Why are we here?
Medical Assistance | Armed conflict
MSF focuses on improving access to emergency, paediatric and maternal healthcare in Afghanistan, which has one of the highest maternal mortality rates in the world.
After a US military airstrike destroyed its trauma centre in Kunduz, killing 42 people, in October 2015, MSF engaged in negotiations regarding the neutrality of medical care with all parties to the conflict.
At the end of 2016, MSF finally obtained commitments that its staff and patients would be respected, and care could be provided to everyone in need, regardless of their ethnicity, political beliefs or allegiances.Although hard to guarantee in an active conflict zone, MSF believes these commitments will allow it to evaluate the possibility of resuming trauma care activities in Kunduz in 2017.
The conflict in Afghanistan continued to intensify in 2016. MSF’s other projects in the country remained operational, with the number of patients increasing due to growing medical needs.
A quarter of all the births assisted by MSF worldwide are in Afghanistan, and teams helped deliver more than 66,000 babies this year.
Ahmad Shah Baba hospital, Kabul
The capital Kabul has experienced a massive population growth, and the city’s public health services cannot fulfil the medical needs. At Ahmad Shah Baba district hospital in eastern Kabul, which serves more than 1.2 million people, MSF supports the Ministry of Public Health to deliver outpatient and inpatient care, with a focus on maternal health and emergency services.
The team also provides paediatric care, treatment for malnutrition, family planning, health promotion and vaccinations, and supports the hospital’s laboratory, X-ray services, and tuberculosis (TB) treatment programme.
MSF has increased the capacity of the hospital from 46 to 62 beds and this year started to rehabilitate the buildings. Staff conducted 100,000 consultations and assisted 18,966 deliveries, almost 20 per cent more than in 2015.
In 2016, MSF started a new programme for the treatment of chronic non-communicable diseases such as diabetes, hypertension, chronic obstructive pulmonary disease, asthma, and epilepsy. Around 600 patients were enrolled.
Maternal care at Dasht-e-Barchi hospital, Kabul
MSF collaborates with the Ministry of Public Health to provide around-the-clock care at Dasht-e-Barchi hospital, the only facility for emergency and complicated deliveries in a district with a rapidly increasing population.
MSF runs the labour and delivery rooms, an operating theatre for caesarean sections and other complicated deliveries, a recovery room, a 30-bed maternity unit, a 20-bed neonatology unit and a five-bed ‘kangaroo room’, which provides specialist care for sick babies in their first days of life. In addition, MSF offers vaccinations and runs the laboratory, blood bank, and sterilisation unit.
During 2016, teams assisted 15,627 deliveries, almost 27 per cent of which were complicated cases. The team is now aiming to increase referrals for simple deliveries, in order to focus on complicated cases and maintain a high quality of care.
Working at full capacity, the neonatology unit admitted 1,342 babies with complications such as clinical sepsis, hypoglycemia, and perinatal asphyxia.
Khost maternity hospital
In 2012, MSF opened a maternity hospital in Khost, in eastern Afghanistan, to address the lack of obstetric care in the area. The hospital helps reduce maternal mortality by offering a safe environment for women to deliver their babies, in the care of predominantly female medical staff, free of charge.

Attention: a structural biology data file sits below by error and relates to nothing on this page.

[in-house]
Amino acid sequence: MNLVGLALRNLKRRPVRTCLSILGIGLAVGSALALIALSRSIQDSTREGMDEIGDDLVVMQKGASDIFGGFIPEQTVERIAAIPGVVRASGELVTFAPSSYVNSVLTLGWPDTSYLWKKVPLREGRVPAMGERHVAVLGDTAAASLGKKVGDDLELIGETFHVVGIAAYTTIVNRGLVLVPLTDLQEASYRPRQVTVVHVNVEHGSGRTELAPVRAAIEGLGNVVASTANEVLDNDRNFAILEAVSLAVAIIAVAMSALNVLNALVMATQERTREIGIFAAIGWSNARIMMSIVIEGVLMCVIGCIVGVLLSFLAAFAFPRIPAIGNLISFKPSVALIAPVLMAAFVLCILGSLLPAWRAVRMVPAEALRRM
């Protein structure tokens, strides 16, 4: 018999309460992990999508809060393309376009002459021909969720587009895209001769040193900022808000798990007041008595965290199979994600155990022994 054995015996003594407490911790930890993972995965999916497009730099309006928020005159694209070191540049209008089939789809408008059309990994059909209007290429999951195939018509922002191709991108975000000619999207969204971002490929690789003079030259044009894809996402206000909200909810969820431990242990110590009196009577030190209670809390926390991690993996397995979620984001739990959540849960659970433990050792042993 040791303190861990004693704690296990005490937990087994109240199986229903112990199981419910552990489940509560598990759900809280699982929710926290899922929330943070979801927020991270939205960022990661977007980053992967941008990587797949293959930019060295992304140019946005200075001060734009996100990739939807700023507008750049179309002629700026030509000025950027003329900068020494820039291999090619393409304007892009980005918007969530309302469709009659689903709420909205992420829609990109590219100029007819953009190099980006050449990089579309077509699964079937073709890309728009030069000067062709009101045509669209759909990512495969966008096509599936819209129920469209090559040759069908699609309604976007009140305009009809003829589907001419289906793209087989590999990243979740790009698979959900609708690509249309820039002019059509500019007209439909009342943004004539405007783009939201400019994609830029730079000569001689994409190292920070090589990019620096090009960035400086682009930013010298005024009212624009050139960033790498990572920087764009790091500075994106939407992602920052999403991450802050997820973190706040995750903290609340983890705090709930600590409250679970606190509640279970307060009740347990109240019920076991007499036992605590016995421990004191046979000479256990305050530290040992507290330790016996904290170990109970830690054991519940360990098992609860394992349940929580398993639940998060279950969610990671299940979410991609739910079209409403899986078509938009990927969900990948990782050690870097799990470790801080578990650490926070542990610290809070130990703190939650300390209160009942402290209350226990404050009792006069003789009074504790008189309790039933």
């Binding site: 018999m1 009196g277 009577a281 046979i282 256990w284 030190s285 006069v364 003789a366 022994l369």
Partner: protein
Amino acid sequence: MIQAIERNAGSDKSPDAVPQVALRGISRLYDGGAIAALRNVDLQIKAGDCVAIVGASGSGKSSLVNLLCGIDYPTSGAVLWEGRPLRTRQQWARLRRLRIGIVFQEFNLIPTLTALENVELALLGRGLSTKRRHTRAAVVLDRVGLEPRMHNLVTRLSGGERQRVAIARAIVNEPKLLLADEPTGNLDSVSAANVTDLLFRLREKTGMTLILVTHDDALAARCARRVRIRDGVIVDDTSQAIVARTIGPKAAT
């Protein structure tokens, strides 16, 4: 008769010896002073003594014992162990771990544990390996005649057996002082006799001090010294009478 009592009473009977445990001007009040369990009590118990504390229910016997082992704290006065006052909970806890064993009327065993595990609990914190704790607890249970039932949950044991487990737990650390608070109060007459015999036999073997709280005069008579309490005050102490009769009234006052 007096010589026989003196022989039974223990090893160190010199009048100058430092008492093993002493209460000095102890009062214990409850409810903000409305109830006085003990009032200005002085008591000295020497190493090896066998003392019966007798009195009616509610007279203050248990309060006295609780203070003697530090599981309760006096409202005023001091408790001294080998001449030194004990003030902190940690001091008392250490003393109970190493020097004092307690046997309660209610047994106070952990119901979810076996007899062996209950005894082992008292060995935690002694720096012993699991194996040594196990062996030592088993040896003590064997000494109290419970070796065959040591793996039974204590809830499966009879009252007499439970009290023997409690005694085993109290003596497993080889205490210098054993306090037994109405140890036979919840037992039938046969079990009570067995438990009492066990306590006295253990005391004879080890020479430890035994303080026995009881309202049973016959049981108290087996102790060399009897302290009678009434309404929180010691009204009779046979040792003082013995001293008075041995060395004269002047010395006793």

The number of deliveries has increased by 40 per cent in two years, from 15,204 in 2014 to 21,335 in 2016. In December, the number of deliveries reached 1,905, an average of over 60 per day. In 2016, 1,746 newborns were admitted to the neonatology unit, a 15 per cent increase compared to the previous year.
This year, MSF began supporting three health centres in outlying districts in Khost province to increase their capacity to assist normal deliveries. The aim is to reduce the number of simple deliveries at Khost maternity hospital so that the medical team there can focus on assisting complicated births.
Boost Hospital, Lashkar Gah
Since 2009, MSF has supported Boost provincial hospital in Lashkar Gah, Helmand province, one of only three referral hospitals in southern Afghanistan.
Over the years, MSF has significantly increased the number of staff at the hospital and carried out major construction works.
This year, the team completed the rehabilitation of the entire original hospital building and extended the maternity department.
The hospital has grown from 150 to 327 beds, with the number of patients admitted monthly increasing from around 120 in 2009 to an average of 2,750 in 2016. Staff assisted 10,572 deliveries in 2016.
The hospital has a neonatology unit, as well as a 109-bed paediatric department, which includes an inpatient therapeutic feeding centre, where 2,431 children were treated for malnutrition in 2016.
MSF also supports the internal medicine department, intensive care unit and emergency room. MSF teams monitor TB cases and work in the isolation ward for infectious diseases.
Intense fighting in 2016 in Helmand province hampered access to the hospital for many patients.
Still, 20 per cent of them came from outside the city, exposing themselves to significant risks due to active fighting and dangerous roads.
Kandahar TB activities
In 2016, MSF started supporting the diagnosis and treatment of drug-resistant TB (DR-TB) in Kandahar province and opened a laboratory and facilities to host patients during their treatment in Kandahar city. MSF also provided additional staff at Mirwais hospital and organised training for other facilities to improve case detection. During the last quarter of 2016, 13 patients were diagnosed with multidrug-resistant TB.